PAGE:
Outing Report: A Savage River Reminder of Lefty’s Legacy

Mike Holland with a Savage River brown trout

Several years ago,  when I finally realized that I was not immortal and that life passes far too quickly, I began to make it a priority to fish on, or in close proximity to, my birthday. So, on Saturday, July 1, 2023, I celebrated my birthday by fishing the Savage River with PVFF club President Andy Mekelburg and Pete Ring. 

I selected the Savage River because it is a beautiful tailwater with wild brown and brook trout relatively close to our homes. Additionally, it is a challenge with difficult terrain and very wary fish; a technical river as they say. 

A few years ago, Andy and I fished the Savage on my birthday. Andy caught a beautiful brown in the Ph.D. pool, and I got skunked. So, this time, we hired a guide, Ryan Cooper, who was referred to us by the Savage River Outfitters.

We were blessed with a beautiful and productive day and saw some things one does not see that often. Specifically, we saw some osprey and a dead timber rattlesnake. It was several feet long and on the side of the road, below a rocky outcropping. Its presence highlighted an uncomfortable suspicion I had about the area; to put it bluntly, “It looks pretty snaky.” To me, this just reinforces the need to be careful when walking in rocky terrain, to step on, not over logs, and to look before you put your hands on or under rocks or underbrush.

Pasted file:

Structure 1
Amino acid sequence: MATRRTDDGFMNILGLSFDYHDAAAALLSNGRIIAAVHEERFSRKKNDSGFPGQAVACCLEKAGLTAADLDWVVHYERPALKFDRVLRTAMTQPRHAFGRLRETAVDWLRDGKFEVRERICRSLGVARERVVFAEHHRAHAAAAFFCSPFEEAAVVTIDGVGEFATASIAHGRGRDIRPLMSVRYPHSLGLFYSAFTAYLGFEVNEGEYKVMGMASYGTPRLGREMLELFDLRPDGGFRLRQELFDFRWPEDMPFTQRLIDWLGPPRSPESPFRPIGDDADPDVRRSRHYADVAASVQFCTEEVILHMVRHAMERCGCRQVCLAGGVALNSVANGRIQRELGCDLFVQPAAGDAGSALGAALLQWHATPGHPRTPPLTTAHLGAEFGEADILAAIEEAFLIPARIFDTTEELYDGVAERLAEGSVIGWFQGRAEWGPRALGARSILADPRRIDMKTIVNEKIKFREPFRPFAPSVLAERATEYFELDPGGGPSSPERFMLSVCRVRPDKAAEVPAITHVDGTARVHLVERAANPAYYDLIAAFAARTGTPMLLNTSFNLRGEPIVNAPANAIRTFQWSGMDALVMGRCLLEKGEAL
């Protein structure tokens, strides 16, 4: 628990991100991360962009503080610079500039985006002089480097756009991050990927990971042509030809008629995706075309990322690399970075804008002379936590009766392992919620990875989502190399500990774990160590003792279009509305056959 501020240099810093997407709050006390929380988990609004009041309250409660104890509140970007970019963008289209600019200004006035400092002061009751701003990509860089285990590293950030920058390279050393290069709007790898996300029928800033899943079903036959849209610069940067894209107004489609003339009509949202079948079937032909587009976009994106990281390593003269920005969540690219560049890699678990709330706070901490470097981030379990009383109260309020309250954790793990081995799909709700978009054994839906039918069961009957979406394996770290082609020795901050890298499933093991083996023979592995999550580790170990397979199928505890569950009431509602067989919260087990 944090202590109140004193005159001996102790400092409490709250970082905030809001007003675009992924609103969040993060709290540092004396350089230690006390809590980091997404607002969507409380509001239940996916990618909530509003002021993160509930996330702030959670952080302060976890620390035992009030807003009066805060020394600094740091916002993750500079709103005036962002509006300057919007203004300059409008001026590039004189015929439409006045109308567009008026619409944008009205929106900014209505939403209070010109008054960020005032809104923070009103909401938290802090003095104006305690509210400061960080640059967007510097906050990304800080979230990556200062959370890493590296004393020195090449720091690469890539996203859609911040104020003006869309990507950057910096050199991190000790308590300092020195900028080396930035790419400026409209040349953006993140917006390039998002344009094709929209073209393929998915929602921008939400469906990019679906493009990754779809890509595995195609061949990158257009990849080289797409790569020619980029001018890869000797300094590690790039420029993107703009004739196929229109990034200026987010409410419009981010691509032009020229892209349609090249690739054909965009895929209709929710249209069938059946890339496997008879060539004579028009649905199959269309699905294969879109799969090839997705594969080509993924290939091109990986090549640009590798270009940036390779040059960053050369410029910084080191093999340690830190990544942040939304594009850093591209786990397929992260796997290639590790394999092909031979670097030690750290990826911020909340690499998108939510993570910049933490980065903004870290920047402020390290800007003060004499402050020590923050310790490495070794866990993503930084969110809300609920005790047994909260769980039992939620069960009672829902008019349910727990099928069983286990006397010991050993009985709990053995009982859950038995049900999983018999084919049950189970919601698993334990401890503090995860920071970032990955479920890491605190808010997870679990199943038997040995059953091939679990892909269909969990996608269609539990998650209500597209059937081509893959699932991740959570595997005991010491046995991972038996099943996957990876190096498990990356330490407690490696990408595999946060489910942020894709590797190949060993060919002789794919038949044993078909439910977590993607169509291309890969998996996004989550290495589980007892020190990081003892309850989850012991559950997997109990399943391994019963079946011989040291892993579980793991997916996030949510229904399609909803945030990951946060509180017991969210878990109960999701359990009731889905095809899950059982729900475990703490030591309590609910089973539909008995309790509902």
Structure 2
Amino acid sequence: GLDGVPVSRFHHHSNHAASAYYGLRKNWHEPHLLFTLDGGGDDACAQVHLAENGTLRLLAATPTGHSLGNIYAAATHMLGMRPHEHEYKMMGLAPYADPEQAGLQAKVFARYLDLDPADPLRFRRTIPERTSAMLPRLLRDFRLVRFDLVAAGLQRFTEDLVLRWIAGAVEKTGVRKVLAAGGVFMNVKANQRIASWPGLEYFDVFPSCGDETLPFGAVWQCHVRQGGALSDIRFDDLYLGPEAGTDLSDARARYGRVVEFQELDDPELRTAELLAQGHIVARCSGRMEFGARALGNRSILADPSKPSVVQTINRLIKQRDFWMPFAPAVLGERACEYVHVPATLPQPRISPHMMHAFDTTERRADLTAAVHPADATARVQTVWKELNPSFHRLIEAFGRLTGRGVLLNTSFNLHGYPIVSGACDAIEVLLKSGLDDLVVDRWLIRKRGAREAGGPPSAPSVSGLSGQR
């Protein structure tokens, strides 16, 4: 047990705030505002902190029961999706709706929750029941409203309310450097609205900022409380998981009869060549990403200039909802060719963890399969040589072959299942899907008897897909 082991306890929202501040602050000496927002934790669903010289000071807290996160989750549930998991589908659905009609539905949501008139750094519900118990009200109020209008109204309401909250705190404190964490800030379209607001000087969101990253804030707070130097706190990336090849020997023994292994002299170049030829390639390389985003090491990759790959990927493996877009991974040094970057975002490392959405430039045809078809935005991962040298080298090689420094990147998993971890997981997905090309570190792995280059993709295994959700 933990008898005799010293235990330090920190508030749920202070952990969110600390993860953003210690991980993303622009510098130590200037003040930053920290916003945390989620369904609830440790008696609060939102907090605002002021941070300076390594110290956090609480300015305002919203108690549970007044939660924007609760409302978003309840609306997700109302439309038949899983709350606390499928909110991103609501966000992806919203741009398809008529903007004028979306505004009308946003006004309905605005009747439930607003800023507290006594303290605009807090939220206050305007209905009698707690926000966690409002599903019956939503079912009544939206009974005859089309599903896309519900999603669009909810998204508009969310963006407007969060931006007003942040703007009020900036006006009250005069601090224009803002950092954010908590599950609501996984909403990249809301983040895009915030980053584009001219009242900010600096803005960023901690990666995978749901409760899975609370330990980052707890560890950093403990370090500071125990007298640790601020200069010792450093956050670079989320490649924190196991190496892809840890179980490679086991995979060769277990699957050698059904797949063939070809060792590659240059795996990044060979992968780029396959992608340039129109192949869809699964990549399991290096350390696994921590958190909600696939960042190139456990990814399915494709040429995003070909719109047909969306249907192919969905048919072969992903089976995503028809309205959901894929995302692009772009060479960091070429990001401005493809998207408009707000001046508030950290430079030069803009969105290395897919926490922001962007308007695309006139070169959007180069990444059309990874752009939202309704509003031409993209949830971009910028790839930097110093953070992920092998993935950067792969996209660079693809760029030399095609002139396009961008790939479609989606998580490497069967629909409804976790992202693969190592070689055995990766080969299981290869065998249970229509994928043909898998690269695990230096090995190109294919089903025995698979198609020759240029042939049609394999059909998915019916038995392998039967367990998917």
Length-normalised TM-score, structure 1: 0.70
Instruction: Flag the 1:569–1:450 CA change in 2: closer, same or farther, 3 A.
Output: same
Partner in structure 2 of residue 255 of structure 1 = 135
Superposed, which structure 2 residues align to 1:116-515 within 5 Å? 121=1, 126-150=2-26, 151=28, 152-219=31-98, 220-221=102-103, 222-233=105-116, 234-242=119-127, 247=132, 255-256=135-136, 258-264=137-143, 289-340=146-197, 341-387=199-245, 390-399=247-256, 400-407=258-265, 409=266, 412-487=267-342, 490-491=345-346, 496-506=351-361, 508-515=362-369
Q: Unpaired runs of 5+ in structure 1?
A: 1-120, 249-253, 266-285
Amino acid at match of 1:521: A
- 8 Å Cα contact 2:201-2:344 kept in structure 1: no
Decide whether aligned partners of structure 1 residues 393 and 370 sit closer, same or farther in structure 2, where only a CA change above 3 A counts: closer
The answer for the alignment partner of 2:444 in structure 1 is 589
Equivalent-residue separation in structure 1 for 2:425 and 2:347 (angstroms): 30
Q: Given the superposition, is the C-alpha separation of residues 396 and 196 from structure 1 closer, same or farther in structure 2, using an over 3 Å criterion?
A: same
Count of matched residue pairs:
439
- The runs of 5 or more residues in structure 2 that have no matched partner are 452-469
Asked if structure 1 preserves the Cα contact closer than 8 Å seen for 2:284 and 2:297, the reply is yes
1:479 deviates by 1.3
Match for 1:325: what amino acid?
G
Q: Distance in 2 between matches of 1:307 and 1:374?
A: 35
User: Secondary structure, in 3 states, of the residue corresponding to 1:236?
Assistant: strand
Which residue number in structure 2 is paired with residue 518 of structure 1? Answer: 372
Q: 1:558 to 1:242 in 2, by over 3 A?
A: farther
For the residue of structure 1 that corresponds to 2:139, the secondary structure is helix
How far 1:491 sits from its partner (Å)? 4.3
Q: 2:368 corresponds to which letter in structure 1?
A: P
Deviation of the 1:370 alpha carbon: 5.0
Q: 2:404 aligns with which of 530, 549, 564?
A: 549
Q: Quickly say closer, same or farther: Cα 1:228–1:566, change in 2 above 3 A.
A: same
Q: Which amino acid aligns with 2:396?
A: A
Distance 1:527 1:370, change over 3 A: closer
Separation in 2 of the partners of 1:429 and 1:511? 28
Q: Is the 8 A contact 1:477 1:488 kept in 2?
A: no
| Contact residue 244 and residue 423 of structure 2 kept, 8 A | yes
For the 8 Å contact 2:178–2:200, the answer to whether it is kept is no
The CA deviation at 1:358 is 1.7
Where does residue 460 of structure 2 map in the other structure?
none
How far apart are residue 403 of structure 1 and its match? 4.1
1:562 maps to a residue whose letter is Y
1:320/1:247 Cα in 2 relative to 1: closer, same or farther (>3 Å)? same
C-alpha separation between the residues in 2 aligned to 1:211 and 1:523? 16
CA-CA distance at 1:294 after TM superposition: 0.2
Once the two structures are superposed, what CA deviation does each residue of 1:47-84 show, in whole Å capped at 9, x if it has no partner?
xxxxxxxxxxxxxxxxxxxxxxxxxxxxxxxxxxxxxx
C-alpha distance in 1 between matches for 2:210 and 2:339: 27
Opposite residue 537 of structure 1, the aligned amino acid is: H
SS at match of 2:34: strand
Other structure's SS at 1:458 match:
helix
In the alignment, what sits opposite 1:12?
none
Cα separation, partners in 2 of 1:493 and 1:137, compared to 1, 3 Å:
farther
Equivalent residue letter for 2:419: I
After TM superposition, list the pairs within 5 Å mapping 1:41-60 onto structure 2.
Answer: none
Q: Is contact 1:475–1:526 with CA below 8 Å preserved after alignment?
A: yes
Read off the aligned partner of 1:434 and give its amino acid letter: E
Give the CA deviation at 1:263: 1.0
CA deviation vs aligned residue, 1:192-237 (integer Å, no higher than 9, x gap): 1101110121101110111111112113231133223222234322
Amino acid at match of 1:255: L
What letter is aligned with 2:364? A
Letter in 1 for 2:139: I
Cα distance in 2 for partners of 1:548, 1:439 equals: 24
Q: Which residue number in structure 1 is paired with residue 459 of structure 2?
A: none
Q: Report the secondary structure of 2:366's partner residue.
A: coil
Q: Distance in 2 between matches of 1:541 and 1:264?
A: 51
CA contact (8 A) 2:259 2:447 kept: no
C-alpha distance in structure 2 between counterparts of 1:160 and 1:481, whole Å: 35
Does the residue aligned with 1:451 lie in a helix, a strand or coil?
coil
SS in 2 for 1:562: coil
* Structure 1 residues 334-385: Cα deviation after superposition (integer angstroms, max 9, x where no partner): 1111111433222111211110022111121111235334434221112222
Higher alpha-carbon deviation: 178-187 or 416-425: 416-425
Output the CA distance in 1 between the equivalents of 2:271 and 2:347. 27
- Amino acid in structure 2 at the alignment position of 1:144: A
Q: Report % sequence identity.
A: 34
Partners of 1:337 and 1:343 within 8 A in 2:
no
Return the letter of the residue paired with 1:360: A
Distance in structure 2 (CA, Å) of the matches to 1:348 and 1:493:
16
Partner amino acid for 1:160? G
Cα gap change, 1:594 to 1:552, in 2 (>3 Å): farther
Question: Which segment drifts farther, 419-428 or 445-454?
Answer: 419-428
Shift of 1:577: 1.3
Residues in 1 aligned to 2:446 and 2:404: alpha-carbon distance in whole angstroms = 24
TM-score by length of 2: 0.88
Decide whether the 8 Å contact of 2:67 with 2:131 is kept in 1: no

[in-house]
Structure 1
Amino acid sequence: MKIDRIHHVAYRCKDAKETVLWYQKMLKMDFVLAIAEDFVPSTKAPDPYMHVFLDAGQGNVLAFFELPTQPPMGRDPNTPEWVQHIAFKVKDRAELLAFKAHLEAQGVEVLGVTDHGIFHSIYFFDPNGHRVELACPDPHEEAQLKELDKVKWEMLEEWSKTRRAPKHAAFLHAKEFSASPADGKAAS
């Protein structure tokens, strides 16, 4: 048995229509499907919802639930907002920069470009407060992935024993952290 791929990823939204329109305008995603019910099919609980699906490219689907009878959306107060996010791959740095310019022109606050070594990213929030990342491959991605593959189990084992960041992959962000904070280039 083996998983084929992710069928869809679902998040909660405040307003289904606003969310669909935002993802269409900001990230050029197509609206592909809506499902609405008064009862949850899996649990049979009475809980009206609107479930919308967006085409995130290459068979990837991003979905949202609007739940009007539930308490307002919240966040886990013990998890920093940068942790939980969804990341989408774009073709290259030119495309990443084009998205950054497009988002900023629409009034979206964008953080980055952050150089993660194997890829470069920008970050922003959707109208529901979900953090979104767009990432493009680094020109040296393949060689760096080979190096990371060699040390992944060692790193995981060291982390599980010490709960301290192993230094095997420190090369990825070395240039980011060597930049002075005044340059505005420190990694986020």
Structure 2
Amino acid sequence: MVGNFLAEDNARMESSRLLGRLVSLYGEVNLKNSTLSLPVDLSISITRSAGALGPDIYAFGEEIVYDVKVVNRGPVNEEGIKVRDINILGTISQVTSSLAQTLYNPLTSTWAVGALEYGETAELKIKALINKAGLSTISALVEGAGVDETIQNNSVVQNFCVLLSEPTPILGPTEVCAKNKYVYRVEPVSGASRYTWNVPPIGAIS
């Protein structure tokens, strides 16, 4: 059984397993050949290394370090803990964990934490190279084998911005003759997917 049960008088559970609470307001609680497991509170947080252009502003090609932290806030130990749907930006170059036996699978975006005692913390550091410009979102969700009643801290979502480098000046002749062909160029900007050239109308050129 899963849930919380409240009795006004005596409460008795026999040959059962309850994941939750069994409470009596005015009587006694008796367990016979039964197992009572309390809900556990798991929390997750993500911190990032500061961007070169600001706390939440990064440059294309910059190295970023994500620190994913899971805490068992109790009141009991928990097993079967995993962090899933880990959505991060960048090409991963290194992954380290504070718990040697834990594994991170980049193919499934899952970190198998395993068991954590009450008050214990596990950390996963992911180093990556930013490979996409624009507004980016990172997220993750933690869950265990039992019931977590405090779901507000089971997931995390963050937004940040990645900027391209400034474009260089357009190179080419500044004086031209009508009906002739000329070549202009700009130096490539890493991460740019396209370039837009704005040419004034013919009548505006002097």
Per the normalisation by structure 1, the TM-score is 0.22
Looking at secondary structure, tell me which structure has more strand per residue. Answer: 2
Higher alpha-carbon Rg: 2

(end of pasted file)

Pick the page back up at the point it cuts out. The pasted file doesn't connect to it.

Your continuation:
I caught two brown trout on the smaller side on nymphs and Andy caught two, including one about twelve inches long. Pete was Euro-nymphing and had a very good day as he caught ten fish, including one about sixteen inches long. In the afternoon, I spent the last forty-five minutes or so trying to entice a very nice brown trout. I tried some dry flies and spent a good amount of time offering nymphs. While I did so, I had the opportunity to make a lot of casts and was quite pleased to be able to consistently make some accurate, long ones. However, the biggest lesson I learned was the need to have an ample supply of small, traditional nymphs like size 18 pheasant tails, hare’s ears, and midges in your fly box.

As for Lefty’s legacy, we learned during the day that he once gave Ryan a casting lesson. Additionally, Ryan’s grandfather worked for the electric company and regularly checked Lefty’s meter. It never ceases to amaze me how many people Lefty shared his knowledge with and the residual impact his life continues to have. In fact, Ryan graduated from Frostburg State with a degree in fisheries management and works for Trout Unlimited managing brook trout habitat projects in five West Virginia counties. 

If you would like to contact him to discuss his guide services, you can reach him at ryancooper3193@gmail.com.

— By Mike Holland